(iii) 

the person has been convicted of one or more serious property offences within the last two years.

“Serious property offence” means:

  • an offence under ss 94–99, 106, 107, 109, 110–113, 149, 154AA, 154C or 154F Crimes Act or offences of attempting to commit these offences

  • an offence under the law of the Commonwealth, another State or Territory or of another country that is similar to these offences.

(d) 

Section 8D — Offences committed during the course of riots or other civil disturbances

These offences include:

(i) 

an offence under s 93B (riot) Crimes Act,

(ii) 

any other offence that is punishable by imprisonment of two years or more that is alleged to have been committed,

  • in the course of the accused person participating in a large-scale public disorder, or

  • in connection with the exercise of police powers to prevent or control such a disorder or the threat of such a disorder.

Pubic disorder means, a riot or other civil disturbance that gives rise to a serious risk of public safety, whether at a single location or resulting from a series of incidents in the same or different locations: s 8D(2).

Section 9 does not apply to an offence to which this section applies: s 8D(2).

(e) 

Section 8E — Persons on lifetime parole who commit offences carrying prison terms

This applies to an accused person if:

(i) 

the person is accused of an offence for which a penalty of imprisonment may be imposed, and

(ii) 

the person is serving a sentence of imprisonment for life and is on parole.

This section does not apply to a person charged with murder to whom s 9C applies: s 8E(5).

(f) 

Section 8F — Persons who breach extended supervision orders or interim supervision orders

This applies to any person accused of an offence under s 12 Crimes (Serious Sex Offenders) Act 2006.

4. Cases where bail is to be granted in exceptional cases only

In R v Young 2006 NSWSC 1499, Johnson J applied the ordinary dictionary meaning to the term “exceptional” as “forming an exception or unusual instance; unusual; extraordinary”.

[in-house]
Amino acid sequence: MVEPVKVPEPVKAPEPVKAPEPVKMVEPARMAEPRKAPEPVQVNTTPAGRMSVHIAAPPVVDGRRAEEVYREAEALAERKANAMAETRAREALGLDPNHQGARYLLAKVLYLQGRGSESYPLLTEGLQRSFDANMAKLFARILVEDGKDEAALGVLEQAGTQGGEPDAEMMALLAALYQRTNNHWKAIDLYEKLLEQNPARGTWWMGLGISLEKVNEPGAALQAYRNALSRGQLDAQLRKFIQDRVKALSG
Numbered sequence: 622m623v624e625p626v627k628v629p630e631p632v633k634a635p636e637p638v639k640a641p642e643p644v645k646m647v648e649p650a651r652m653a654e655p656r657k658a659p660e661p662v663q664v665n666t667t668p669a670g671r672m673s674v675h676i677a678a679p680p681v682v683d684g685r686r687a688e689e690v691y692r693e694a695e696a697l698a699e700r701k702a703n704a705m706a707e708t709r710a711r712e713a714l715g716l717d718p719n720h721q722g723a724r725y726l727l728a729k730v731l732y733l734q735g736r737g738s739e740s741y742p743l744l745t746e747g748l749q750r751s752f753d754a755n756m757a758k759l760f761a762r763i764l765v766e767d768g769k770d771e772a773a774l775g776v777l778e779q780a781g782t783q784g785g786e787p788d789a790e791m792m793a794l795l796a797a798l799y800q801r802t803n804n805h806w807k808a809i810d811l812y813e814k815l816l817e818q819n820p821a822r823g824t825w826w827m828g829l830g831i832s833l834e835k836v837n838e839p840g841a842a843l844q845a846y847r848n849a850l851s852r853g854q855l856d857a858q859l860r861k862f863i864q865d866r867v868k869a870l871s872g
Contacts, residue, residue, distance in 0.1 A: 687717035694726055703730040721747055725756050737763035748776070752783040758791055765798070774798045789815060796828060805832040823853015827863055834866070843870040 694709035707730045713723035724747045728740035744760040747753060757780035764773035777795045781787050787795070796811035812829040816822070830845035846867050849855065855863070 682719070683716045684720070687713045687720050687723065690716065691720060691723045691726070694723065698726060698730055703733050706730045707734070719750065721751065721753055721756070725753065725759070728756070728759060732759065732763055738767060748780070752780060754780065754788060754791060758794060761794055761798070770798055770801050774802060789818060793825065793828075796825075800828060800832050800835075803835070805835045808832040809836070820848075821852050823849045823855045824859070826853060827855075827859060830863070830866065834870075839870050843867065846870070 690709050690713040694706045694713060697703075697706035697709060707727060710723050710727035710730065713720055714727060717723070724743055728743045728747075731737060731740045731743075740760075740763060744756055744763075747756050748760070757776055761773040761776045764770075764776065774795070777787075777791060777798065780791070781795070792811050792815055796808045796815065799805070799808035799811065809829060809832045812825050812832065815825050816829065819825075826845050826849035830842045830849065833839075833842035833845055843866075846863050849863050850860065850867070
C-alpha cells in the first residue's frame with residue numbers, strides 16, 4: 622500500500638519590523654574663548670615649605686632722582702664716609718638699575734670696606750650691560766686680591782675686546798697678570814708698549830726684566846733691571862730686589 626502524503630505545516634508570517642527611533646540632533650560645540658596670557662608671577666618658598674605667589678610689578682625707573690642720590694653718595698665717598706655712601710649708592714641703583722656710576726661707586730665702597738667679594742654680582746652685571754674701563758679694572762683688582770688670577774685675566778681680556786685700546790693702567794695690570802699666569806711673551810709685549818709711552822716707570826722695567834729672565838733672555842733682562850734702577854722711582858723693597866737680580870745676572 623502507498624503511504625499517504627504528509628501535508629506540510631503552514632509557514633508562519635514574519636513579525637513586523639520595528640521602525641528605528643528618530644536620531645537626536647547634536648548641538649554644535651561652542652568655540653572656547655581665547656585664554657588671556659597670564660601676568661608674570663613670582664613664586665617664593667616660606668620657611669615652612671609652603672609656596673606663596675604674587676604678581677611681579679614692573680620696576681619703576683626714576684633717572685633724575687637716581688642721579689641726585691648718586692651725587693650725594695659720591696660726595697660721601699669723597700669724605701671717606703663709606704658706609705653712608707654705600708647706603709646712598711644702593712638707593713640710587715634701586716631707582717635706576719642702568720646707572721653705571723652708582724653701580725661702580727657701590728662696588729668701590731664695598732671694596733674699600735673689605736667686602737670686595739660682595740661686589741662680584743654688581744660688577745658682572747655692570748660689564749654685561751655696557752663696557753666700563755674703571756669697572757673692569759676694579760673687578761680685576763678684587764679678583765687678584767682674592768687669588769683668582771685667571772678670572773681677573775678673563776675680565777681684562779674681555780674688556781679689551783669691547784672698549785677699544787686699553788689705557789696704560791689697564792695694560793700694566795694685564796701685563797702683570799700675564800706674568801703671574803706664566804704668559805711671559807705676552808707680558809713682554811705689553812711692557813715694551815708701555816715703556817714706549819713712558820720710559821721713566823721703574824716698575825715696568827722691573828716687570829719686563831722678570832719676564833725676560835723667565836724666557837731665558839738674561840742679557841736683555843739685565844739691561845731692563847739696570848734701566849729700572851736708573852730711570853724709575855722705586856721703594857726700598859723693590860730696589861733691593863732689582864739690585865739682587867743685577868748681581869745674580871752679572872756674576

In R v Tapueluelu (unrep, 5/1/04, NSWSC), Dowd J expressed the view that the test of exceptional circumstances sets the onus on the applicant of a very high order and requires something more than special circumstances or mere circumstances.

An authorised officer or court is not to grant bail for the following offences/offenders unless satisfied exceptional circumstances exist:

(a) 

section 9C — murder,

(b) 

section 9D — repeat offenders — serious personal violence offences.

A person is a repeat offender if that person has a previous conviction for a serious personal violence offence other than the offence for which bail is sought.

“Serious personal violence” offence means:

(a) 

an offence under, or mentioned in, ss 19A, 24, 26, 27, 28, 29, 30, 33, 33A, 35(1) or (3), 37, 38, 39, 46, 47, 48, 61B, 61C, 61D, 61I, 61J, 61JA, 61K, 61M, 63, 65, 66A, 66B, 66C, 66D, 66EA, 66F, 67, 68, 71, 73, 78H, 78I, 78K, 78N, 80A, 85A, 86, 87, 90A, 91, 95, 96, 97, 98, 103, 110, 195(1)(b) or (2)(b) or 198 Crimes Act,

(b) 

an offence under ss 79, 106, 107, 109, 111, 112, or 113 Crimes Act if the circumstances of the offence involve an act of actual or threatened violence against a person, or

(c) 

of attempting to commit an offence referred to in paragraph (a), or

(d)